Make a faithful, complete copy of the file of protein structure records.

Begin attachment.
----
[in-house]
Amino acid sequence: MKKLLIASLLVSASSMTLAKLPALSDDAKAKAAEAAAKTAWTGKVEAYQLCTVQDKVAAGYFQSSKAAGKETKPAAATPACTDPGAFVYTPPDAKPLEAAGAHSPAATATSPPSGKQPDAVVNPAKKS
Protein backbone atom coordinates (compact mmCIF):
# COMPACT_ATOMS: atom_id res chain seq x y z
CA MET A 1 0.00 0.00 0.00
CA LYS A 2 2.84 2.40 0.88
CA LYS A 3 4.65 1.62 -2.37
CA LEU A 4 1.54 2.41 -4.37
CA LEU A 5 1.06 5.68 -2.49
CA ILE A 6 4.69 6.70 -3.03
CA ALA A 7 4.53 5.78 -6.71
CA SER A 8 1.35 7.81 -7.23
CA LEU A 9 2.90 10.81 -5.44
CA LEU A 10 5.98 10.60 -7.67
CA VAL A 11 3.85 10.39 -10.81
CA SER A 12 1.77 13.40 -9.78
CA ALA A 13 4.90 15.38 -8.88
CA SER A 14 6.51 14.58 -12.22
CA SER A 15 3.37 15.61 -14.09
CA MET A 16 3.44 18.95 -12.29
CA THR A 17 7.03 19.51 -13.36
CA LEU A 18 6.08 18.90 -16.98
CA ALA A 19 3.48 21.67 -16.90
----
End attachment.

[in-house]
Amino acid sequence: MKKLLIASLLVSASSMTLAKLPALSDDAKAKAAEAAAKTAWTGKVEAYQLCTVQDKVAAGYFQSSKAAGKETKPAAATPACTDPGAFVYTPPDAKPLEAAGAHSPAATATSPPSGKQPDAVVNPAKKS
Protein backbone atom coordinates (compact mmCIF):
# COMPACT_ATOMS: atom_id res chain seq x y z
CA MET A 1 0.00 0.00 0.00
CA LYS A 2 2.84 2.40 0.88
CA LYS A 3 4.65 1.62 -2.37
CA LEU A 4 1.54 2.41 -4.37
CA LEU A 5 1.06 5.68 -2.49
CA ILE A 6 4.69 6.70 -3.03
CA ALA A 7 4.53 5.78 -6.71
CA SER A 8 1.35 7.81 -7.23
CA LEU A 9 2.90 10.81 -5.44
CA LEU A 10 5.98 10.60 -7.67
CA VAL A 11 3.85 10.39 -10.81
CA SER A 12 1.77 13.40 -9.78
CA ALA A 13 4.90 15.38 -8.88
CA SER A 14 6.51 14.58 -12.22
CA SER A 15 3.37 15.61 -14.09
CA MET A 16 3.44 18.95 -12.29
CA THR A 17 7.03 19.51 -13.36
CA LEU A 18 6.08 18.90 -16.98
CA ALA A 19 3.48 21.67 -16.90